"Mega Red" Spotted at Barnes and Noble
Gary Dunaier writes:
I saw the new 2017 "Mega Red" on the shelves at the Barnes and Noble in Union Square, New York City a couple of weeks ago.
Interestingly, they also had a couple of copies of the 2016 Deluxe Edition (not yet Mega, but still of course red) next to it. So I
decided to take a couple of pictures for comparison's sake.
Interesting to note that whereas the first edition had COINS in huge letters on the cover, the 2017 book de-emphasizes it in favor of
its nickname, "MEGA RED 2017" being the most prominent text. Also, 2017 has "Kenneth Bressett, Senior Editor" (2016:
"Senior Editor, Kenneth Bressett"), and adds the editorial functions to Q. David Bowers' and Jeff Garrett's names (2016
just had an umbrella "With"). It's also interesting to see the difference in the spine.
On a side note, will there be a new edition of A Guide Book of the Official Red Book of United States Coins? It's been 10
years since it came out, and I wouldn't mind seeing an updated edition.
Frank Colletti's book is an interesting and useful guide for bibliophiles and con collectors alike. -Editor
More Grover Criswell Stories
Dave Bowers writes:
I could tell many stories about Grover—probably one of the most fun-loving and unconventional of all dealers. Once he had some pieces
of paper money the size of a $5 bill printed, with on 25% of the surface of one side he reproduced the corner of a real current $5 bill.
The rest of the face was blank. On the back was an ad for himself. He folded these into quarters so that only the $5 bill part was
visible, then strew these on sidewalks and on a convention floor. They looked 100% like a real $5 bill that had been folded.
In another instance he had a submachine gun, and with someone else driving his convertible, on the Tamiami highway across the
Everglades he peppered lots of roadside signs.
I won't mention the week that John J. Pittman went to Florida to spend a week with Grover!
This note from Dave came last week, but I didn't manage to get it in the last issue. I never had the pleasure of meeting Mr.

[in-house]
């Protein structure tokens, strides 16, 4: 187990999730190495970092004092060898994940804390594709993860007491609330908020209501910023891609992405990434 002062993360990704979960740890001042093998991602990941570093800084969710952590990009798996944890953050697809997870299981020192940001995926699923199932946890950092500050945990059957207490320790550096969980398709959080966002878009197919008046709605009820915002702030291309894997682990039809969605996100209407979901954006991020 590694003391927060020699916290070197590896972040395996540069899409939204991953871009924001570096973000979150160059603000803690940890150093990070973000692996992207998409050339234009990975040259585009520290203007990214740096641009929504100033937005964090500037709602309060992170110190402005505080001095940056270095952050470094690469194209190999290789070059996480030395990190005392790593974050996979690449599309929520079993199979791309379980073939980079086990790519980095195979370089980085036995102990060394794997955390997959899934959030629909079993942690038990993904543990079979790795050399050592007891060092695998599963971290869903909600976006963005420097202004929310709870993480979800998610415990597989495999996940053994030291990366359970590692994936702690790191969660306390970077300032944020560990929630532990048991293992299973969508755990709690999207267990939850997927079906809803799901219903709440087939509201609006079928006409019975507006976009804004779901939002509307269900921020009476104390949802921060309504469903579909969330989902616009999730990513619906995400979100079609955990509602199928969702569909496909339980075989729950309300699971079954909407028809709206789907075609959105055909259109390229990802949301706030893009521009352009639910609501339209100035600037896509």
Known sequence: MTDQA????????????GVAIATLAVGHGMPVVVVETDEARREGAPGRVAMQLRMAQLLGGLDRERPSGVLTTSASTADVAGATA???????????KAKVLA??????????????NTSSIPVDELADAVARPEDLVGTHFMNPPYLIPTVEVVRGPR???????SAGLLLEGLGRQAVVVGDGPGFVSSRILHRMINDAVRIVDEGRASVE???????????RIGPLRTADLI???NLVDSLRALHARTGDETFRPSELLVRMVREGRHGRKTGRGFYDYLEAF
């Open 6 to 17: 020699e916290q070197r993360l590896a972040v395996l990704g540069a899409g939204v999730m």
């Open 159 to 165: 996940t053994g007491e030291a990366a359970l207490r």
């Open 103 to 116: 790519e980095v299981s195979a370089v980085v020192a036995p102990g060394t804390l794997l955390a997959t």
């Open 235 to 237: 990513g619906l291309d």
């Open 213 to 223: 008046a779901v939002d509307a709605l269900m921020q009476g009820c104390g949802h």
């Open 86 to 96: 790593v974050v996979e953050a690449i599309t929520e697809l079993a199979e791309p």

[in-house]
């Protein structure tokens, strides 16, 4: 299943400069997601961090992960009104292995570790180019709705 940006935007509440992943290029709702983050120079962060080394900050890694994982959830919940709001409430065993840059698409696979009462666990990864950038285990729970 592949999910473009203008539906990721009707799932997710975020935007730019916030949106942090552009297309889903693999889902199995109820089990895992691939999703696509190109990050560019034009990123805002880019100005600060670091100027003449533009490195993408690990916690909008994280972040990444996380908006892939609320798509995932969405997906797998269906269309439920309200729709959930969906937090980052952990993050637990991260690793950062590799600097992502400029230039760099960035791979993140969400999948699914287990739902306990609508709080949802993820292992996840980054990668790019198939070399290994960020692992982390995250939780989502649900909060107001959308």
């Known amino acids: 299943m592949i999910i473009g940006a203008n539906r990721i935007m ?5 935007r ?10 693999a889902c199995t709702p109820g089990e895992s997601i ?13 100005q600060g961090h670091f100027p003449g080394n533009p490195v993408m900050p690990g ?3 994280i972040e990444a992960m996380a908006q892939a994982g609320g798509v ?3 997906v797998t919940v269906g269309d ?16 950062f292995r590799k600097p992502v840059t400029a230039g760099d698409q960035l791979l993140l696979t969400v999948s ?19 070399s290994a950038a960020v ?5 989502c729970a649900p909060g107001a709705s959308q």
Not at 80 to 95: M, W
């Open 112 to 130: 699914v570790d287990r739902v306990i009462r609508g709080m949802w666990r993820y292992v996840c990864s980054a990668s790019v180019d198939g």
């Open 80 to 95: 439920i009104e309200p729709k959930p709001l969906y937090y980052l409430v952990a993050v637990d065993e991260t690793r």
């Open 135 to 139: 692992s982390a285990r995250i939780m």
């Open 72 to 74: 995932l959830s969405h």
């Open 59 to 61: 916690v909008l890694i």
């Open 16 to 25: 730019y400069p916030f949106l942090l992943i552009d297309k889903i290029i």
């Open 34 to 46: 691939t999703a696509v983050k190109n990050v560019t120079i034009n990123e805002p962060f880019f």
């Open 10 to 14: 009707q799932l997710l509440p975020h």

Criswell, but he was quite a character. -Editor
To read the earlier E-Sylum article, see:
NOTES FROM E-SYLUM READERS: MAY 8, 2016 : Grover Criswell's Two-Dollar
Numimatic Kataloging 101
Alan Weinberg writes:
Saturday I received the Goldbergs' pre-Long Beach auction catalogue. One lot has a sentence which bears repeating in The
E-Sylum. Lot 1211 1876 U.S. Mint C. Barber copy of the original A. Dupre Diplomatic medal described in part:
"Liberally [sic] as struck and definately [sic] the finest example the cataloguer ever encountered."
One hopes the cataloguer's numismatic expertise far surpasses his knowledge of the English language. But it doesn't as this
moderately scarce Julian CM 15 always comes choice mint state, having been struck strictly for collectors.
Query: NGC Liberty Nickel Sample Slabs Sought
Burton Strauss III writes:
If you have an NGC Liberty Nickel Sample Slab (Schwager# NGC-005-4-1) that you did not obtain in the last couple years off eBay, I would
like some information about it - I'm working on a study of the population of this unusual sample and maybe an article for The
(If you did buy from the eBay, I have the data from eBay, but would love to match people to sales)
Instead of a grade, these list "CIRC. 5C" and are "SAMPLE FA 00 NGC" which is also used for several dime
What I'm interested in:
Cert#, e.g. 199998-025
Coin Date, e.g 1905
Label Color - known are "brown", "green" and "grey"
Where you obtained it
When you obtained it
Price paid if you care to disclose it
I know of the example from Sample Slabs.
If you have any information about their history or are willing to own up to having had them made, etc. I'd love to hear from
So far these are known with all dates from 1898 to 1912 (a 1913 being HIGHLY unlikely :-) and the coins are pretty uniformly G4
To read a related earlier E-Sylum article, see:
NEW BOOK: SAMPLE SLABS (www.coinbooks.org/esylum_v18n25a05.html)
Explaining Encapsulated Coins
Gary Beals of Segovia, Spain writes:
Explaining encapsulated coins is sometimes complicated here in Spain where they are a rarity. I told a friend recently that these
items in slabs are absolutely authentic and precisely graded. The company doing this work is honor-bound and fully trustworthy. We put
our complete confidence in these 3 or 4 major certifying firms just as we do, say, with Volkswagen. Well, wait a moment, Juan, let me
I think I owe the American Numismatic Association a slab-related favor. I renewed my membership for an additional three years last month
for $78, during a promotion that included being given a slabbed 2016 silver eagle one ounce ‘dollar.' The piece arrived here in central Spain about
15 days after it was mailed first class from Colorado. The $20 silver NCLT coin cost ANA $27.45 to mail, so more than half of my three year
membership has gone up in postage smoke. Clearly, ANA can afford to ship items but it is frustrating to see that the high cost of mailing (and UPS
and FedEx) from one continent to another is outrageous.
What is interesting is that ANA used NGC for encasing these pieces — not the American Numismatic Association Certification Service
(now called just ANACS) to do this certifying. ANACS promotes itself as the oldest third party service in numismatics now, but obviously
that long-ago divorce is final now. ANACS still uses its maiden name. Clearly, ANA clearly is dating others now. Poor ole ANACS has to
tell people who ask, “Well, that was my married name. I just decided to keep it.”
I find myself explaining the ANA/ANACS situation a few times every year. We need an "It's complicated" button... -Editor
Wayne Homren, Editor
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